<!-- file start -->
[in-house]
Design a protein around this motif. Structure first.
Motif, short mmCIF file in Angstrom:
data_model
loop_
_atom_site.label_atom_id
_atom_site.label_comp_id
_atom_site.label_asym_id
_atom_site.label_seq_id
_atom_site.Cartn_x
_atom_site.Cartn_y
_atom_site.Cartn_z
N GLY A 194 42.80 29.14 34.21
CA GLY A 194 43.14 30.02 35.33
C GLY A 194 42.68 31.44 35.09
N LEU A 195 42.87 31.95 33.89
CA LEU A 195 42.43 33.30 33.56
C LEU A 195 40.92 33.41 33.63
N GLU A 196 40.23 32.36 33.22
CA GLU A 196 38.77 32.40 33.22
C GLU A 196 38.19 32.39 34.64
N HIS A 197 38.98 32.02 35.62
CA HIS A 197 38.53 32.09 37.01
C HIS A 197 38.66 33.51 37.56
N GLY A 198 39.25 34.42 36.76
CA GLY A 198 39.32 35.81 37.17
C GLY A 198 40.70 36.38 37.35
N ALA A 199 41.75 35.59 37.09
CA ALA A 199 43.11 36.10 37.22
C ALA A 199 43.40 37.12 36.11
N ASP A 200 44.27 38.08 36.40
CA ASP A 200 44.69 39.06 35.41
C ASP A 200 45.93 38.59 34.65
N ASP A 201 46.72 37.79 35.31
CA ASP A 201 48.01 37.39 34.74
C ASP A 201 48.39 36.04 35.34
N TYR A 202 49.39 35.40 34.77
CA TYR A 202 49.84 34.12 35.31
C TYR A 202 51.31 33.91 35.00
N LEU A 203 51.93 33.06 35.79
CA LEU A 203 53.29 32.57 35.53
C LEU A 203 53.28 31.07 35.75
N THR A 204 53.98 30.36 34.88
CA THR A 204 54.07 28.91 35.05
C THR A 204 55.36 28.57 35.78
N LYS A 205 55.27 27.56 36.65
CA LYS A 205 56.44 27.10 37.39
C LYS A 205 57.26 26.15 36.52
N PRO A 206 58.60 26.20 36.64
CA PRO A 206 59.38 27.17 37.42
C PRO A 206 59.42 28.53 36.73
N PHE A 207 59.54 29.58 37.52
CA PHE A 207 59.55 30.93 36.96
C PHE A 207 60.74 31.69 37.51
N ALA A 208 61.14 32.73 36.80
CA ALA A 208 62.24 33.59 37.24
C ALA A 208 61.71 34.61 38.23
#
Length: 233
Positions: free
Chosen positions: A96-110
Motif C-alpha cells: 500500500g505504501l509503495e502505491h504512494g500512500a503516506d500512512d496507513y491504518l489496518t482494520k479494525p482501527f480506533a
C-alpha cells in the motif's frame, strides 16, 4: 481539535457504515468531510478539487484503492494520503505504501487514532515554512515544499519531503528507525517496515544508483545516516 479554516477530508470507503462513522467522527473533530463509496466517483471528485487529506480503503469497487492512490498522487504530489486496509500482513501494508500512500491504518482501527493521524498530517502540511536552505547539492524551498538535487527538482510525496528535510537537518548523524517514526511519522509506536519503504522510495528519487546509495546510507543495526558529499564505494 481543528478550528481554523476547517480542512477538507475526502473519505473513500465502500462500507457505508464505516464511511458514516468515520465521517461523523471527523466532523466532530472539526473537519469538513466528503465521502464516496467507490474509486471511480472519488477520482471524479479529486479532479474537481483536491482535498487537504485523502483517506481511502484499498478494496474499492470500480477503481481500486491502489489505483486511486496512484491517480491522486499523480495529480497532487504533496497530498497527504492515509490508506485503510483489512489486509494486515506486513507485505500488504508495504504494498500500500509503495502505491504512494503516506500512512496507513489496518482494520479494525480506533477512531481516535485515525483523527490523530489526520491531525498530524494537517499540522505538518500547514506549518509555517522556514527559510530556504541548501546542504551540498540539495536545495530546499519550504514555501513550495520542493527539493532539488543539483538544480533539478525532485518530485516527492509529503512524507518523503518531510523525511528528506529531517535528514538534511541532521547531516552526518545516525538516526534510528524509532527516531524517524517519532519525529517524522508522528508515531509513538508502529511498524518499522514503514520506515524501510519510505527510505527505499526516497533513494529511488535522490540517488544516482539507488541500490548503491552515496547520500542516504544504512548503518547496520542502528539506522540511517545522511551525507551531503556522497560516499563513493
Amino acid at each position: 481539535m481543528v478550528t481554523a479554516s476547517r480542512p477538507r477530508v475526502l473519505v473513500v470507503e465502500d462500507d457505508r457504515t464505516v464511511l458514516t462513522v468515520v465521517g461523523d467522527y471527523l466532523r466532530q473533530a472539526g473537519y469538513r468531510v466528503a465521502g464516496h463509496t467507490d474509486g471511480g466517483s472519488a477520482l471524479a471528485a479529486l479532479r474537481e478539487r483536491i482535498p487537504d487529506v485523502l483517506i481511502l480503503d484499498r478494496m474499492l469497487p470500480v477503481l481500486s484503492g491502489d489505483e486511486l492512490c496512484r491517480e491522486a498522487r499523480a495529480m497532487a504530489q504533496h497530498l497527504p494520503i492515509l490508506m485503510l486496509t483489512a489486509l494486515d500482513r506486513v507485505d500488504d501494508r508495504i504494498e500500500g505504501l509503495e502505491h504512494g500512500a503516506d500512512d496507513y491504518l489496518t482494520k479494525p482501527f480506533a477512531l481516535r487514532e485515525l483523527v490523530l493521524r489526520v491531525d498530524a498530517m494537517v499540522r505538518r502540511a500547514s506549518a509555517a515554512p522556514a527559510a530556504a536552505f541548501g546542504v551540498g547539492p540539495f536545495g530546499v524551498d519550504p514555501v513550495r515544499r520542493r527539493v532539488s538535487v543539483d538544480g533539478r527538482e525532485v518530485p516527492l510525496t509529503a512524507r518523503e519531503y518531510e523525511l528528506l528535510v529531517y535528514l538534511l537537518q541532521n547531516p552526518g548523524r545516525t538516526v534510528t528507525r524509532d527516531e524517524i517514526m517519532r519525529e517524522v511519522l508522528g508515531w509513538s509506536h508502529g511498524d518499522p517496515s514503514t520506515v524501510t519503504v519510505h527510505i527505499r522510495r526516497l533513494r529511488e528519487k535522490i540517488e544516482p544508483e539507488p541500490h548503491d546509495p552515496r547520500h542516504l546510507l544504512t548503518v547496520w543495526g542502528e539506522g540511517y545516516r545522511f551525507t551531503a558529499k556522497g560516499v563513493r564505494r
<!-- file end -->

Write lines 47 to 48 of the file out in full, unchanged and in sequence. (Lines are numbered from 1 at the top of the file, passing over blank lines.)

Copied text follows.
CA LYS A 205 56.44 27.10 37.39
C LYS A 205 57.26 26.15 36.52